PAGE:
"Its not what you look at, its what you see" Thoreau

"Its not what you look at, its what you see" Thoreau

Saturday, October 15, 2011

OIL CREEK 100 - Beautiful Challenging Race!

Working the Montrail shoes pre Oil Creek Race - Rogue Racers were the shoe of choice for me!


Oil Creek Trail Race http://www.oilcreek100.org/, race director Tom Jennings sure knows how to put on a top notch race!!!

"It always seems impossible until its done" Nelson Mandela

Oil Creek 50k/ 100k/ 100 mile trail race is held in Titusville PA. Oil? In PA? Yes, that is true - first place for oil to be used for industrial purposes - the oil boom! Kind of cool and sentimental running through an oil ghost town! Definitely gives a different kind of twist to a race.

There are many things that make this race special:

1. The involvement of the Over the Hill Gang. This is a group that has been maintaining the Park trails for many years. They are filled with knowledge and history of the trails. Being at the packet pick up the day before was nice to learn about the trails we were about to explore. I truly enjoyed talking with them and the pride they have going out every Wednesday on their weekly hike (and sometimes with a chainsaw!). Not so sure I liked hearing about all the bears and the porcupines ...we'll get into that later....

2. The amazing volunteers. A good race is only good due to those who give their self to help many achieve their goals. It can be a thankless job but most do this knowing in their heart that they made a difference. No one is more appreciated in this world, than someone who lightens the burden of another as they are achieving a goal that may seem unachievable at times. This can make such a difference to keep a runner running to the finish line!

3. Well stocked aid stations with themes. You name it, they had it. Even my friend Ryan who ran with me for awhile was raving about the grilled cheese sandwiches! (that would not be for me though!). Gluten free chicken broth surely saved me. And the themes..disco man at groovy town was a sight to see after being in the deep dark woods!

4. A well marked course. There must have been in the thousands of flags on the course. Impossible to get lost (and we will get in to that later...my personal gps default, ugh!). And the signs were funny and plenty.

5. The sentimental aspect...running through the old oil boom trails with towers still up, pipes still in place, old buildings absorbed by the woods...just cool...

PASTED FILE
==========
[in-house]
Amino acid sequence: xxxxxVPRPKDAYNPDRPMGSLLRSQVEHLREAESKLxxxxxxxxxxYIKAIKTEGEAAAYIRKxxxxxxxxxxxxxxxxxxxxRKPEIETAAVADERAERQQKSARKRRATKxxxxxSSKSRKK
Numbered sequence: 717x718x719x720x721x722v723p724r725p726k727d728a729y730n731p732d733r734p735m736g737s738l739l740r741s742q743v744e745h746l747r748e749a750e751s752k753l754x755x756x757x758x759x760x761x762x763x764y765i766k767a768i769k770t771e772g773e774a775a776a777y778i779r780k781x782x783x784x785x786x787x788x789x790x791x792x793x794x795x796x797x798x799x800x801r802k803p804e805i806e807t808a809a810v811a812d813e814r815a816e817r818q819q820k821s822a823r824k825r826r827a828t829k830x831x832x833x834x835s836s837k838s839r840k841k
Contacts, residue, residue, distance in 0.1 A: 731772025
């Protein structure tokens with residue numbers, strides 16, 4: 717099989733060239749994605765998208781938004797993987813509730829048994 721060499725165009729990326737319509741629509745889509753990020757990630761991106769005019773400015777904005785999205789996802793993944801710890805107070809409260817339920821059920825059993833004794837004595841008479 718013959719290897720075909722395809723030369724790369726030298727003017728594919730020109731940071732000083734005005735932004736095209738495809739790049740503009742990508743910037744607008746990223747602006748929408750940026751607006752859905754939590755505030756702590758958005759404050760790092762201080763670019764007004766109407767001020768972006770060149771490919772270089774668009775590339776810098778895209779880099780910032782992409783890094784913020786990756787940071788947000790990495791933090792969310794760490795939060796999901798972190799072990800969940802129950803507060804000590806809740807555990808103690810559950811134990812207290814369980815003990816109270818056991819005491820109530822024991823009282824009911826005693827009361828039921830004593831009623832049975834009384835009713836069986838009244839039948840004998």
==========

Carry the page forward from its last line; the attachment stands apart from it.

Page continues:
One of the Over the Hill gang workers. All excited to be a part of the Oil Creek race.

Yes, it was that beautiful! Spectrum of Fall colors.

Disco man!

OK...and now, onto my personal race report:

Well, two weeks prior to the Oil Creek, I started but did not finish the Virgil 100 mile race which is within an hour from my home. This is a tough race, also well put together but definitely not to be taken lightly. If the stars were aligned, I would have finished. More like, if I had a good stomach I would have finished. But my sensitive stomach held me back again. I can only conclude that I was having a celiac reaction due to having something with gluten in it within the prior days. This surely does a number on me in many ways. Around mile 70 (close to) I decided to call it a day and spent the next couple of days trying to get my body functioning back. MY body was not sore other than the intestinal issue, so I decided to go for the 100 mile Oil Creek race 2 weeks later if I could get my tummy back in gear.

The two weeks leading up, probiotics, strict eating, hydrating and taking Udo's Oil was what I did to give this race a go. It was a true test to see if this problem can be solved.

Oil Creek 100 is a single track, hilly (roughly 18,000 elevation gain), technical trail race...my kind of race. This is a race that looks different every few miles. Deep woods, beautiful views, hills, bridges, creeks, rocks, roots...